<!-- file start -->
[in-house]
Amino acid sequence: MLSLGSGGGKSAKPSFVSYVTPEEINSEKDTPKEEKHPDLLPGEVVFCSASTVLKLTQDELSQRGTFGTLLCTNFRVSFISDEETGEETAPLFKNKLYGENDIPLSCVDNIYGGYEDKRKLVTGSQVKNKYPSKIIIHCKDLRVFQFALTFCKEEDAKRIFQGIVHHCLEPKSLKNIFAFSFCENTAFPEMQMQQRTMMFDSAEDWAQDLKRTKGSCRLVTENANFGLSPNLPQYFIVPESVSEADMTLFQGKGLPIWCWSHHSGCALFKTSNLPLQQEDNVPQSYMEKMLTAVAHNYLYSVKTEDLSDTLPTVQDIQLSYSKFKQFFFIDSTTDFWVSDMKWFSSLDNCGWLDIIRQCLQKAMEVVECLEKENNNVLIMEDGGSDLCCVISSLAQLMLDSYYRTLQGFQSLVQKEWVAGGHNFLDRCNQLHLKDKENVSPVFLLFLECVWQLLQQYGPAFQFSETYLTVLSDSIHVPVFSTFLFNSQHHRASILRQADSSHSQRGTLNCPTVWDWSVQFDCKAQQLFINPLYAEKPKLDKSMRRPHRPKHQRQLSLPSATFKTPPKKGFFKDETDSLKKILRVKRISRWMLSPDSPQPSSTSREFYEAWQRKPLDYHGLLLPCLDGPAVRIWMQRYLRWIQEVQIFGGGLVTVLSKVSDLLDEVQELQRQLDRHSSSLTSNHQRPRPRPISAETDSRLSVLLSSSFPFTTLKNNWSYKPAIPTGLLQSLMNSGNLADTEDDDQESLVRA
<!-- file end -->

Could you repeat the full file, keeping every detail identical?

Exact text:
[in-house]
Amino acid sequence: MLSLGSGGGKSAKPSFVSYVTPEEINSEKDTPKEEKHPDLLPGEVVFCSASTVLKLTQDELSQRGTFGTLLCTNFRVSFISDEETGEETAPLFKNKLYGENDIPLSCVDNIYGGYEDKRKLVTGSQVKNKYPSKIIIHCKDLRVFQFALTFCKEEDAKRIFQGIVHHCLEPKSLKNIFAFSFCENTAFPEMQMQQRTMMFDSAEDWAQDLKRTKGSCRLVTENANFGLSPNLPQYFIVPESVSEADMTLFQGKGLPIWCWSHHSGCALFKTSNLPLQQEDNVPQSYMEKMLTAVAHNYLYSVKTEDLSDTLPTVQDIQLSYSKFKQFFFIDSTTDFWVSDMKWFSSLDNCGWLDIIRQCLQKAMEVVECLEKENNNVLIMEDGGSDLCCVISSLAQLMLDSYYRTLQGFQSLVQKEWVAGGHNFLDRCNQLHLKDKENVSPVFLLFLECVWQLLQQYGPAFQFSETYLTVLSDSIHVPVFSTFLFNSQHHRASILRQADSSHSQRGTLNCPTVWDWSVQFDCKAQQLFINPLYAEKPKLDKSMRRPHRPKHQRQLSLPSATFKTPPKKGFFKDETDSLKKILRVKRISRWMLSPDSPQPSSTSREFYEAWQRKPLDYHGLLLPCLDGPAVRIWMQRYLRWIQEVQIFGGGLVTVLSKVSDLLDEVQELQRQLDRHSSSLTSNHQRPRPRPISAETDSRLSVLLSSSFPFTTLKNNWSYKPAIPTGLLQSLMNSGNLADTEDDDQESLVRA